IF YOU believe the misguided narrative, Pep Guardiola and Barcelona won the UEFA Champions League every season. Those that know, know differently. Pep has not won the competition for eight years, nine if he fails to do so this season. After Manchester City were soundly beaten by Liverpool at Anfield, Guardiola and his entourage may just decide to concentrate fully on lifting that enormous and impressive trophy.
It is still far too early to call time on the title race, but Liverpool are nine points ahead of fourth-placed City and eight in front of Leicester City and Chelsea in second and third respectively. It’s a big gap at this stage of the season and even now, it is hard to see anyone making up that lost ground.
City may have peaked with their current team, which won the treble last season in England in style. The world of Guardiola is an intense one, you often hear of his obsession with detail, his refusal to entertain anything other than his approach and the insistence on devotion to the “Guardiola way”. For two seasons, City have had one thorn in their side – Jürgen Klopp’s Liverpool.
Klopp’s style is a high-octane pressing game, a strategy that must exhaust his players as much as its wears-out the crowd! It makes City uncomfortable, a team that rarely gets pressured as much as it does at Anfield. Three times in the past couple of years, City have been taken apart in front of Liverpool’s baying audience. They have failed to learn from the experience of their Champions League debacle in 2018.
For some reason, City struggle to perform at Anfield, notably Raheem Sterling, who receives non-stop abuse from start to finish. Liverpool fans have refused to forgive Sterling for moving to City, largely because of his behaviour in refusing to sign a new contract. At the same time, Liverpool were quite happy to benefit from a similar outcome with Virgil van Dijk, who played-up at his former club Southampton in order to finesse a move. Double standards? Some clubs welcome their former players, while others consider it a betrayal when they move on. Liverpool received around £ 50 million for Sterling, a nice turnaround on a £ 600,000 signing.
Sterling wasn’t alone in being out-of-sorts, for City’s defence was abysmal at times and clearly suffered a crisis of confidence with 36 year-old stand-in keeper Claudio Bravo sitting behind them. A club as wealthy as City should not have player shortages, not with a squad that’s worth something like £ 1.2 billion. They can also afford a strong second choice goalkeeper.
It was an afternoon where Klopp’s immaculate dentistry was on display all too frequently as he grinned his way through the 90 minutes. His team was outstanding but City also played some excellent football. Guardiola, desperately trying to give the impression the defeat had not bothered him, spoke after the game of his team’s brilliant display. “We showed why we are champions,” he insisted. But they have now lost three times in the Premier League, last season they lost four in 38 games. Something has obviously changed, be it physical, mental or it could just be that the planets have become misaligned.
Is it time for Pep to – at least in his own mind – write-off a third successive title win? The Champions League this season could be the most open in many years, as it was last season. Consider that quite a few of the contenders are going through a period of transition, probably the first time there seems to state of flux at most of the main clubs – Bayern Munich, Real Madrid, Barcelona, for example. Juventus may be about to have some issues with Cristiano Ronaldo and Paris Saint-Germain still haven’t resolved their Neymar problems. It’s up for grabs, as they say.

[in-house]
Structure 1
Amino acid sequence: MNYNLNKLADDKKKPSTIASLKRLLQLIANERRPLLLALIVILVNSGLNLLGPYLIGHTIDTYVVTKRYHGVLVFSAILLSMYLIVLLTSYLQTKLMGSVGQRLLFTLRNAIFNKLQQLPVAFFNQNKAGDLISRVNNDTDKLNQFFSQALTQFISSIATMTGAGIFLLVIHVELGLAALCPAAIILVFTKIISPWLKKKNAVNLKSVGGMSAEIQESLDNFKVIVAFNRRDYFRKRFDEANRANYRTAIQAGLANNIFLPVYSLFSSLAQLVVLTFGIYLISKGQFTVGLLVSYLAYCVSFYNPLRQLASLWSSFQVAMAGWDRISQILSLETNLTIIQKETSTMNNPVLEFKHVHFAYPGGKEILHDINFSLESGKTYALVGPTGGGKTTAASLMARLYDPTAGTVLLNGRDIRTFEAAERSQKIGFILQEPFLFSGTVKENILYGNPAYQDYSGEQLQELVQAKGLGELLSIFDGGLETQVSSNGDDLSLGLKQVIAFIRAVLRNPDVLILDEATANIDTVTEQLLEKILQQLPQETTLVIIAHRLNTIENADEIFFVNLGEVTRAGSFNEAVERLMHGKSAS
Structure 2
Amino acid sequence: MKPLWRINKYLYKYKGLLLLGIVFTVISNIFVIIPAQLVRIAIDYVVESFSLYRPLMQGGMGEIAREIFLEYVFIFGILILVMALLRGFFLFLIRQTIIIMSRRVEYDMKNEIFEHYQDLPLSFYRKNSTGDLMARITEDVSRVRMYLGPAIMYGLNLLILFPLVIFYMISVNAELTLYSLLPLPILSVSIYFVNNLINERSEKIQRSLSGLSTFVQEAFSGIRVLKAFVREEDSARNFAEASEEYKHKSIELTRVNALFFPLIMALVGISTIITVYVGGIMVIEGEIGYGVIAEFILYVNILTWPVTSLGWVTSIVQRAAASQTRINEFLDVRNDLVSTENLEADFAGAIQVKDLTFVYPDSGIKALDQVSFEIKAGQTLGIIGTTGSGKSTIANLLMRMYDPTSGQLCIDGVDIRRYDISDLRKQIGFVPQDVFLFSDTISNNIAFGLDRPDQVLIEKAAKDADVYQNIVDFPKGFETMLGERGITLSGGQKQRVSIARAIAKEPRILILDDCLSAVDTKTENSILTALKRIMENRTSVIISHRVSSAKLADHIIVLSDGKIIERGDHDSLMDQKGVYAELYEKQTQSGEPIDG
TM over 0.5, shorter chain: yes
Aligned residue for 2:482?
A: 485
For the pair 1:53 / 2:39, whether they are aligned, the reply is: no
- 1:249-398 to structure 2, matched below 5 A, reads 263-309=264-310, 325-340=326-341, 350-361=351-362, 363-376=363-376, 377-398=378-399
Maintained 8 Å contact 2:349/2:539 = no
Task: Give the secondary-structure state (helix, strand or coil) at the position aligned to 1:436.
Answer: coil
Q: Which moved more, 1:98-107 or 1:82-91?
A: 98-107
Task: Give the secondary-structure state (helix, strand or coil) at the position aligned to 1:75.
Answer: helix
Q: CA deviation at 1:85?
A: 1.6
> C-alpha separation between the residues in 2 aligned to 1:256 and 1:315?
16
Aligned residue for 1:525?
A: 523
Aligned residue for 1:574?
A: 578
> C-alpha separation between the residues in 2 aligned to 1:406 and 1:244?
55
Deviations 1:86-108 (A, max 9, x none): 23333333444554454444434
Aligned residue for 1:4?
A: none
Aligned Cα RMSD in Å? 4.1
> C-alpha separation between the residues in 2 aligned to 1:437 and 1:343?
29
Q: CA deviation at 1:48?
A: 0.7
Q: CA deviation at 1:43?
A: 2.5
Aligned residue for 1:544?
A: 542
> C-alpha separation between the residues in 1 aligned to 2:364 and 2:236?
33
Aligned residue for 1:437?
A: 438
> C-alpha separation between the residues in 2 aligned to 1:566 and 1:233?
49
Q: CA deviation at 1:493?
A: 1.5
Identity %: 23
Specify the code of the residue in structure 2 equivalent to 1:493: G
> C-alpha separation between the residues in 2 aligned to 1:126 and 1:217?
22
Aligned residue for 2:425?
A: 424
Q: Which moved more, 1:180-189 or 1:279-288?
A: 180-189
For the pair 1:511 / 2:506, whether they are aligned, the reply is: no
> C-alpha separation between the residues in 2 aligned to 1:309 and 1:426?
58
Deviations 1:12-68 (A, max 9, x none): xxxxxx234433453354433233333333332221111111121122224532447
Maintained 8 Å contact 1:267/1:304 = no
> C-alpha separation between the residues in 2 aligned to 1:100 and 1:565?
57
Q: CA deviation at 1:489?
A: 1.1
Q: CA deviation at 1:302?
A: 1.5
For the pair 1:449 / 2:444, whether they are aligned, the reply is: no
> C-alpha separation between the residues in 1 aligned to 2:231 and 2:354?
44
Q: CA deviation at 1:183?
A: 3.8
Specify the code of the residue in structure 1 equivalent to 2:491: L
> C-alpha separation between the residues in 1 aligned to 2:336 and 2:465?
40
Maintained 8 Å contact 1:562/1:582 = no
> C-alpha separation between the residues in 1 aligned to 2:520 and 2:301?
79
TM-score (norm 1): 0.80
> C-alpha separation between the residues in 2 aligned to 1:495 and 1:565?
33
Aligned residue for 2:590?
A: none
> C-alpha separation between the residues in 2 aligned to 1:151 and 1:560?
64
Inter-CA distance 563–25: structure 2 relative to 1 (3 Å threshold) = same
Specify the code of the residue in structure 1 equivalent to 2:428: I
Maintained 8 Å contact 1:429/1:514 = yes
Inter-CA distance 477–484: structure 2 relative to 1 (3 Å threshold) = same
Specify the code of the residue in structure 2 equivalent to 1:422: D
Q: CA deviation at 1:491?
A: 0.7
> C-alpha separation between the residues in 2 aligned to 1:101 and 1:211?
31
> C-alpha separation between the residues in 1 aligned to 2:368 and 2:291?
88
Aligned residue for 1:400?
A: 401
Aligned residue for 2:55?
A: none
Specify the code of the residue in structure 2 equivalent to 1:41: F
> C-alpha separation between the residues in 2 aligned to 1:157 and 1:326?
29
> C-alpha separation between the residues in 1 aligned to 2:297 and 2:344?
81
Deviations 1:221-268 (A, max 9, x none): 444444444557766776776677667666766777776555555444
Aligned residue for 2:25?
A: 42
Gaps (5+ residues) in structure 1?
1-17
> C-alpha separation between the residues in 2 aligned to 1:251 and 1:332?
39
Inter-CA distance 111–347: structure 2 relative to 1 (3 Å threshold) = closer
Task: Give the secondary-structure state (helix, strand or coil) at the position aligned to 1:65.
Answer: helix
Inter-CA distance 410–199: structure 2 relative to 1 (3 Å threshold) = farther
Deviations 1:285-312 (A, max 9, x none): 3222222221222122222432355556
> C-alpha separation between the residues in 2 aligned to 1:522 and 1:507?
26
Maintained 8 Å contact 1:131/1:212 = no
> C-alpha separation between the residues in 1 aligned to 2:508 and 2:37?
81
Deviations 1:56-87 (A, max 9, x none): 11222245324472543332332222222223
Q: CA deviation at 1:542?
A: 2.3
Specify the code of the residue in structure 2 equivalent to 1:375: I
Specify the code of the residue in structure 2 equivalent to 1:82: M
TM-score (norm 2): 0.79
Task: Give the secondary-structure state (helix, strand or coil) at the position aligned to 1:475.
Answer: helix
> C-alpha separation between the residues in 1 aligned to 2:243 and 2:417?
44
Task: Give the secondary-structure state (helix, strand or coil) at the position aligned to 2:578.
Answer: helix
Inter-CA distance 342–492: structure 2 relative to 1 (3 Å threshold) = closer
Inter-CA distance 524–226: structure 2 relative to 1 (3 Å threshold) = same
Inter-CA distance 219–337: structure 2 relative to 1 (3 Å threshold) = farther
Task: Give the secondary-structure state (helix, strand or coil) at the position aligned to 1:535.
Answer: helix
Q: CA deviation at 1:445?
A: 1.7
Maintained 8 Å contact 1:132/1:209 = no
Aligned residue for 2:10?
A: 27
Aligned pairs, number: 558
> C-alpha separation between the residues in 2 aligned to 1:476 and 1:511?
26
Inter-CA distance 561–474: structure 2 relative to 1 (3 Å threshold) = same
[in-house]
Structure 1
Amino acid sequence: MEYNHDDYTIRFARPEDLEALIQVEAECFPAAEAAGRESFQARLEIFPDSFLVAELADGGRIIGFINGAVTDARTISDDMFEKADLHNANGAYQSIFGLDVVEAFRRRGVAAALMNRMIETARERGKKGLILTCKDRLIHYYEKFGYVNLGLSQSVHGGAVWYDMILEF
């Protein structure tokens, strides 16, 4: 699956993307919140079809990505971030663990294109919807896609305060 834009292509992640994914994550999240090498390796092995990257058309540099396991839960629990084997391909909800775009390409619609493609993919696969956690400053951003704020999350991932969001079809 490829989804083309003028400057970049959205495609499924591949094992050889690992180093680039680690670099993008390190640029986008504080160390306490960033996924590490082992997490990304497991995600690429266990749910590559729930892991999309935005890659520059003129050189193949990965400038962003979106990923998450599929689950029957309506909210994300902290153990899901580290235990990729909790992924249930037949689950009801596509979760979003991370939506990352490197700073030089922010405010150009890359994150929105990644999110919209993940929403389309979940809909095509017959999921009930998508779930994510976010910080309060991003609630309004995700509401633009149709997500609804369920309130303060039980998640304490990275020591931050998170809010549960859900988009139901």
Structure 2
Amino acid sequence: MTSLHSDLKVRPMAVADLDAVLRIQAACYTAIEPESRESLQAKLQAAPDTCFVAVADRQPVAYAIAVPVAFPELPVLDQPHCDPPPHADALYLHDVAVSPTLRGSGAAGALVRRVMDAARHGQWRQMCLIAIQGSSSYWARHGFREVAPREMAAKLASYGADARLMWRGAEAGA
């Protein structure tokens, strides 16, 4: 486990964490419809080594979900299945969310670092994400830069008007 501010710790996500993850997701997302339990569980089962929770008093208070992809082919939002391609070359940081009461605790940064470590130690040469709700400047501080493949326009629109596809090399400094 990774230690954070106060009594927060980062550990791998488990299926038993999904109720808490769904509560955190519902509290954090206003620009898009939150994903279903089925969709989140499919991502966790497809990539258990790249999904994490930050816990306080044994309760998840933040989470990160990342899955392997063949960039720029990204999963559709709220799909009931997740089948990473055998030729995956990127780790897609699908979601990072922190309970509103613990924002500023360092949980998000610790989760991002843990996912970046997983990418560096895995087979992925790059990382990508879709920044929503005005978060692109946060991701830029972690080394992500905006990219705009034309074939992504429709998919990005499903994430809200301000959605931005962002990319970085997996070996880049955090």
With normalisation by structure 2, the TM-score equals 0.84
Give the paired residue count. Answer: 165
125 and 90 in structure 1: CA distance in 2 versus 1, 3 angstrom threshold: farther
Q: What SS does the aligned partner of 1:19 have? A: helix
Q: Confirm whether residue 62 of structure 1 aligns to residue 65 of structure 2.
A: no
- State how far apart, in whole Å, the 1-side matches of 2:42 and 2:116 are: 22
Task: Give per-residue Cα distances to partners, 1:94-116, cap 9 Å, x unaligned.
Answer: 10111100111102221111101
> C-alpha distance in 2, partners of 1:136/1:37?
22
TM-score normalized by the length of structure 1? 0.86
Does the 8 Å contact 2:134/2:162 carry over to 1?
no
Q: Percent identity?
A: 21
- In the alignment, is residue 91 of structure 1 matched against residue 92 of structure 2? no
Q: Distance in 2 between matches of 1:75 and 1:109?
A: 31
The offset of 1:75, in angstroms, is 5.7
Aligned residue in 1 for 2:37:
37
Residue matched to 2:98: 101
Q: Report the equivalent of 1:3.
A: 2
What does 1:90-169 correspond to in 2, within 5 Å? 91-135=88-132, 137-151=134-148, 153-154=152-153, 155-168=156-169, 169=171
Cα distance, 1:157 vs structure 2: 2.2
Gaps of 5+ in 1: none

It’s not easy to win the league title and Champions League. Of the English winners of the latter, Liverpool in the old European Cup days won both in 1977 and 1984. Since becoming the Champions League, Manchester United in 1999 and 2008 have achieved that double. In a league where there are clearly two outstanding teams that will surely be fighting-out the Premier race, to win both competitions is going to be doubly difficult.
City have found the Champions League laden with obstacles. The past two seasons, they have lost to English clubs, perhaps surprisingly. In 2016-17, they were also favourites to beat Monaco in the round of 16, but clumsily went out of the competition. They’ve also lost to Real Madrid and Barcelona, who went on to win the trophy.
Total focus on the Champions League could prove to be the best option this season. After all, how do you motivate a team to keep winning the Premier when qualification for the Champions League is almost guaranteed year-in, year-out? The best team in Europe doesn’t always win the Champions League, sometimes it can come to a team that just happens to be fortunate, in the right place at the right time and focused. Were Real Madrid the best in Europe when they won it in 2014, 2016, 2017 and 2018? Were Liverpool the best in 2019? There certainly hasn’t been a Barca 2011 side in recent years.
And City need that trophy to anoint their success in the past six or seven seasons. Guardiola needs that triumph to cement his position as the guru of football coaches worldwide. Only one club in England seems to have stumbled across the secret elixir of periodical European success in the major competition – Liverpool. Not even Manchester United have that connection with the Champions League. Manchester City’s next step should be concentrating all their efforts, all their riches, on lifting the trophy that has eluded them. They really have not gone close to achieving that goal and that must surely irritate not just their coach, but also the men from the Middle East. The Premier League can be won again next year or the year after, but to be seen as a force for the continent, City have to be crowned European champions in Istanbul on May 30, 2020.